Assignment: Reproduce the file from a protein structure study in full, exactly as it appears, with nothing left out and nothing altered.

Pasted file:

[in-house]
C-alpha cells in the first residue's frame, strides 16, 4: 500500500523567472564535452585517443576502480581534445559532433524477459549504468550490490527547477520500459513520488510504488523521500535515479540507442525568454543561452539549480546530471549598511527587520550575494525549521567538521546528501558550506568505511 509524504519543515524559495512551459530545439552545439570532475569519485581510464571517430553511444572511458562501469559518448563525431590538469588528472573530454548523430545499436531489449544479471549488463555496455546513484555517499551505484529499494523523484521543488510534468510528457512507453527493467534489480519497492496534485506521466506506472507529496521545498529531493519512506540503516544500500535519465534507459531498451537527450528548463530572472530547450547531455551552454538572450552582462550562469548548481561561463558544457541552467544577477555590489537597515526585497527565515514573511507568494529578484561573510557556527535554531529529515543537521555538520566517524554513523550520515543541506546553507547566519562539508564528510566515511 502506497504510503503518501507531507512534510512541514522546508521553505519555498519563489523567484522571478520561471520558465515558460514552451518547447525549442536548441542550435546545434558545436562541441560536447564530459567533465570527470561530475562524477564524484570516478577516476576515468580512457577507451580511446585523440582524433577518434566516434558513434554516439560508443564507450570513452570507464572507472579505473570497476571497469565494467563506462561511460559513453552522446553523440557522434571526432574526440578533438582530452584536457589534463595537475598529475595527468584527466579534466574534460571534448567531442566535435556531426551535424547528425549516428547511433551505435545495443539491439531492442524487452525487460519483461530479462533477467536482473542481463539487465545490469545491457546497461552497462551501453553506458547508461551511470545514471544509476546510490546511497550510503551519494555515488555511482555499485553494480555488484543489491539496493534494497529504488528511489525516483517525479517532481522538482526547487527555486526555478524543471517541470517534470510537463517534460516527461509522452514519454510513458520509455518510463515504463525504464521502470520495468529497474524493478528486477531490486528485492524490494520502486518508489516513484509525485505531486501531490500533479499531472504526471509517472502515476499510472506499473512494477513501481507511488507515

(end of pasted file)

[in-house]
C-alpha cells in the first residue's frame, strides 16, 4: 500500500523567472564535452585517443576502480581534445559532433524477459549504468550490490527547477520500459513520488510504488523521500535515479540507442525568454543561452539549480546530471549598511527587520550575494525549521567538521546528501558550506568505511 509524504519543515524559495512551459530545439552545439570532475569519485581510464571517430553511444572511458562501469559518448563525431590538469588528472573530454548523430545499436531489449544479471549488463555496455546513484555517499551505484529499494523523484521543488510534468510528457512507453527493467534489480519497492496534485506521466506506472507529496521545498529531493519512506540503516544500500535519465534507459531498451537527450528548463530572472530547450547531455551552454538572450552582462550562469548548481561561463558544457541552467544577477555590489537597515526585497527565515514573511507568494529578484561573510557556527535554531529529515543537521555538520566517524554513523550520515543541506546553507547566519562539508564528510566515511 502506497504510503503518501507531507512534510512541514522546508521553505519555498519563489523567484522571478520561471520558465515558460514552451518547447525549442536548441542550435546545434558545436562541441560536447564530459567533465570527470561530475562524477564524484570516478577516476576515468580512457577507451580511446585523440582524433577518434566516434558513434554516439560508443564507450570513452570507464572507472579505473570497476571497469565494467563506462561511460559513453552522446553523440557522434571526432574526440578533438582530452584536457589534463595537475598529475595527468584527466579534466574534460571534448567531442566535435556531426551535424547528425549516428547511433551505435545495443539491439531492442524487452525487460519483461530479462533477467536482473542481463539487465545490469545491457546497461552497462551501453553506458547508461551511470545514471544509476546510490546511497550510503551519494555515488555511482555499485553494480555488484543489491539496493534494497529504488528511489525516483517525479517532481522538482526547487527555486526555478524543471517541470517534470510537463517534460516527461509522452514519454510513458520509455518510463515504463525504464521502470520495468529497474524493478528486477531490486528485492524490494520502486518508489516513484509525485505531486501531490500533479499531472504526471509517472502515476499510472506499473512494477513501481507511488507515